The Tristan Stone, early Christian memorial stone and wayside cross, 75m north of Polscoe


Heritage Category:
Scheduled Monument
List Entry Number:
Date first listed:
Date of most recent amendment:


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The building or site itself may lie within the boundary of more than one authority.

Cornwall (Unitary Authority)
National Grid Reference:
SX 11228 52128

Reasons for Designation

Early Christian memorial stones are inscribed free-standing stones commemorating named individuals and dating to the early medieval period (c.AD 400-1100). The stones are erect, roughly dressed or undressed slabs, bearing incised inscriptions, usually set in one or more vertical lines down one face of the slab, although in four examples the text runs horizontally across the slab. All except two recorded texts are in Latin and, depending on their date, may be inscribed in a script of Romanised capitals or an insular form of lower case lettering called miniscules, or a mixture of the two. Six stones also have inscriptions in an Irish script called ogham. Most inscriptions are simple, bearing a personal name and often stating a family relationship, such as `filii' (son of), to another personal name. Fourteen stones contain elements of the simple inscriptions within a longer, complex inscriptive formula, often including the phrase `hic iacet' (here lies). Additional decoration is found on very few stones and usually comprises a cross within a circle. Early examples, prior to the eighth century AD, may bear an early Christian symbol called a Chi Rho monogram, compounding the first two Greek letters of the name `Christ'. Early Christian memorial stones are largely restricted to areas which retained Celtic traditions during the early medieval period, with at least 139 recorded from Wales. In England, they are almost entirely confined to the south-west peninsula; of the 56 recorded examples, 37 occur in Cornwall, 11 in Devon, a group of 5 in Dorset, and single examples in Somerset, Hampshire and Shropshire. As a very rare and diverse class of monument important for our understanding of the social organisation and the development of literacy and Christianity during the early medieval period, all surviving groundfast examples of early Christian memorial stones are considered worthy of protection.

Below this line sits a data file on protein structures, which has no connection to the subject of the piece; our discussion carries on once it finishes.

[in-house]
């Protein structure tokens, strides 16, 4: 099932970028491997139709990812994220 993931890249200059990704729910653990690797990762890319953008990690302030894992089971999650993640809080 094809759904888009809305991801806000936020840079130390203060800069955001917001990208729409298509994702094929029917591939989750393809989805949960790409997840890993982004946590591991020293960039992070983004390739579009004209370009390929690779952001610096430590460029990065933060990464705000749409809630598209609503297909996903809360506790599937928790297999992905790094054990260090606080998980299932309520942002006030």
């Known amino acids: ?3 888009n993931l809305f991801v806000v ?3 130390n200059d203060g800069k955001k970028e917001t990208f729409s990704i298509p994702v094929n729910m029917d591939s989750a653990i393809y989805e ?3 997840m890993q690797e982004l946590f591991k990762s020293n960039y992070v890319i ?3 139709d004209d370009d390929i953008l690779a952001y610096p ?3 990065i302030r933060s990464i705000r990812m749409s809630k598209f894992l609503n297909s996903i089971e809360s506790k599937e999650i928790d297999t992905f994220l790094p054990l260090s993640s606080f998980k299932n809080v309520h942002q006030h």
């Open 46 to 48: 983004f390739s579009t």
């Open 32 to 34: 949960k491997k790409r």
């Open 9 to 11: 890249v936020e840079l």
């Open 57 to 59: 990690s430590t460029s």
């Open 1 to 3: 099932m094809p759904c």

The Tristan or Castle Dore stone has survived well, with most of its inscription complete and legible. The rare relief `T' shape, its inscription and the good survival of this stone are reflected in its frequent reference by early antiquaries and in its mention in national studies of this monument class. As a wayside cross, it remains as a marker on its original route despite being moved around the area, and despite the absence of the head, demonstrating well the major roles of wayside crosses and showing clearly the longevity of many routes still in use.